By Mark A. Taylor
Mike Mack and Brian Jones probably wouldn’t agree about everything. But both of them have expressed enough concerns about traditional small group ministry to make every group leader or participant think twice.
Brian, who blogs at BrianJones.com, posted a series of outspoken entries this summer under the general heading “Why Churches Should Euthanize Their Small Groups (and what we should replace them with).”
“I believe in creating disciples,” he wrote June 17 to introduce his topic. “And I believe this is what the church is called to do. But in most instances disciples are created in spite of the small groups people participate in, not because of them.”
In his post the next day, Brian expresses thoughts that resonate with the suggestions Mike offers this week:
Looking back on my 23 years of following Christ, here’s what I’ve noticed: every “small group” I’ve ever been in that helped me grow as a disciple started by what appeared to be an accident.
I wasn’t looking for it. I wasn’t interested in joining a “small group” in the least. And in many respects I didn’t even feel a need to grow spiritually. . . . For the most part that’s exactly how it’s been happening in the Christian community for, say, the last 1,960 years.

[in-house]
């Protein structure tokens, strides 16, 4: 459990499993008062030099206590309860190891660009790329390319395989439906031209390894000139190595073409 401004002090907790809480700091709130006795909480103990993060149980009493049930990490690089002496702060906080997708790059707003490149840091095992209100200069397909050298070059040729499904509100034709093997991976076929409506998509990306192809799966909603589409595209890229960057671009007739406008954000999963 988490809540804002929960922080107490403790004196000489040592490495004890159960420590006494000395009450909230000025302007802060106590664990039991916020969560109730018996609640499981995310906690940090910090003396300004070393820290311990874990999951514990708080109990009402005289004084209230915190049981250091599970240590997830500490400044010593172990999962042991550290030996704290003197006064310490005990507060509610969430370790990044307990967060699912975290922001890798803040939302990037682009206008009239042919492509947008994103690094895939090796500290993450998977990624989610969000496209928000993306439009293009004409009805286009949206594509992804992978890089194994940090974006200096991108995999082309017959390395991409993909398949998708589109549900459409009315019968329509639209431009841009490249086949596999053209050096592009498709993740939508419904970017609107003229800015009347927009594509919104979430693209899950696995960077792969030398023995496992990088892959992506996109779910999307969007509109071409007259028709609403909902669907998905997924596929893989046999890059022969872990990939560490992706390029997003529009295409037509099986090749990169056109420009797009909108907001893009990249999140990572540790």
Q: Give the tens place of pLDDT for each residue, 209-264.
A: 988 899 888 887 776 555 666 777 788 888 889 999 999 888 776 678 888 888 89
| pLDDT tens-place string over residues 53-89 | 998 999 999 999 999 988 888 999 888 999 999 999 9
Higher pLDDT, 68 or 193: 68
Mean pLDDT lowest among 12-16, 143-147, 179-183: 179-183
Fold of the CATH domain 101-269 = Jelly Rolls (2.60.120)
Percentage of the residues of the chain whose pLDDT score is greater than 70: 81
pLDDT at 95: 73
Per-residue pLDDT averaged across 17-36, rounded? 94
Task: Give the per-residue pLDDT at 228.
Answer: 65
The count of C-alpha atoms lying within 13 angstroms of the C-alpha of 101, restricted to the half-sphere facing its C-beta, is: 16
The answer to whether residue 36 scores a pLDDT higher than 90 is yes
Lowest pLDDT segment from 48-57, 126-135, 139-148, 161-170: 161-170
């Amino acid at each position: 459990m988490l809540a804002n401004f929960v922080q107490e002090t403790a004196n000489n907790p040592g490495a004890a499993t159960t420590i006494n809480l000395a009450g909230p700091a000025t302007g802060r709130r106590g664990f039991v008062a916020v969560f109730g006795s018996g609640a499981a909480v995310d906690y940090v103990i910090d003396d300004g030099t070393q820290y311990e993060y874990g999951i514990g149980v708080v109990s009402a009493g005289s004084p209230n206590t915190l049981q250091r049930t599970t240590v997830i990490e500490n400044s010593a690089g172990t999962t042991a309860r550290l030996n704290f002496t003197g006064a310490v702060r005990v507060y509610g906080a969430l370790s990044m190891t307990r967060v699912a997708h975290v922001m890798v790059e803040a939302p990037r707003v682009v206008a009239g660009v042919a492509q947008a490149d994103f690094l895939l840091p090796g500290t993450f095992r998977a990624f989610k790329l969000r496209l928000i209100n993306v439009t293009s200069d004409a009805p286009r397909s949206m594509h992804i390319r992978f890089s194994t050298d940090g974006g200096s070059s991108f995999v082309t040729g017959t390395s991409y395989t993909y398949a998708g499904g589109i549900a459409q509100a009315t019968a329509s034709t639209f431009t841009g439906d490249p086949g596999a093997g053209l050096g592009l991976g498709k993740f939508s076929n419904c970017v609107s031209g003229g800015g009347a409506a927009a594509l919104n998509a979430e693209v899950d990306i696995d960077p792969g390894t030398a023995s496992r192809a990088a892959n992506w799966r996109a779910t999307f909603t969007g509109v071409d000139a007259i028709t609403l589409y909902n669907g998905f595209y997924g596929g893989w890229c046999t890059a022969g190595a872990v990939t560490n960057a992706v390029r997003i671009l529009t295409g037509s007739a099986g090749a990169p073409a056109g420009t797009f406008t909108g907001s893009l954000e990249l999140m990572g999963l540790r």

That is until we westerners, particularly Americans, started messing it up.
Well-intentioned Christians, armed with the latest insights in organizational theory, let their pragmatic and utilitarian hearts delude themselves into thinking they could organize, measure, and control the mystical working of the Holy Spirit in community in order to consistently reproduce disciples in other contexts. . . .
We messed it up from the start, like we Americans do with just about everything that is supposed to be a genuine work of the Holy Spirit.
What would happen if we euthanized all of our small groups, taught the value of discipleship and community, and then simply let the Holy Spirit do its work?
By contrast, Mike, in his article on page 4, does not propose that we eliminate small groups (read all of Brian’s posts, and you’ll see that’s not his ultimate conclusion, either). But Mike does challenge us to allow groups to form more naturally as God does his work of connecting the members of his body together. That’s the intersection of Mike’s and Brian’s insights that should give pause to every small groups advocate reading this magazine.
Brian stimulated quite a bit of discussion about this subject on his blog. We’d like the discussion to continue. Compare what he wrote with Mike’s thoughts in this issue and then tell us what you think. Is your church’s approach to small groups creating meaningful connections and maturing disciples?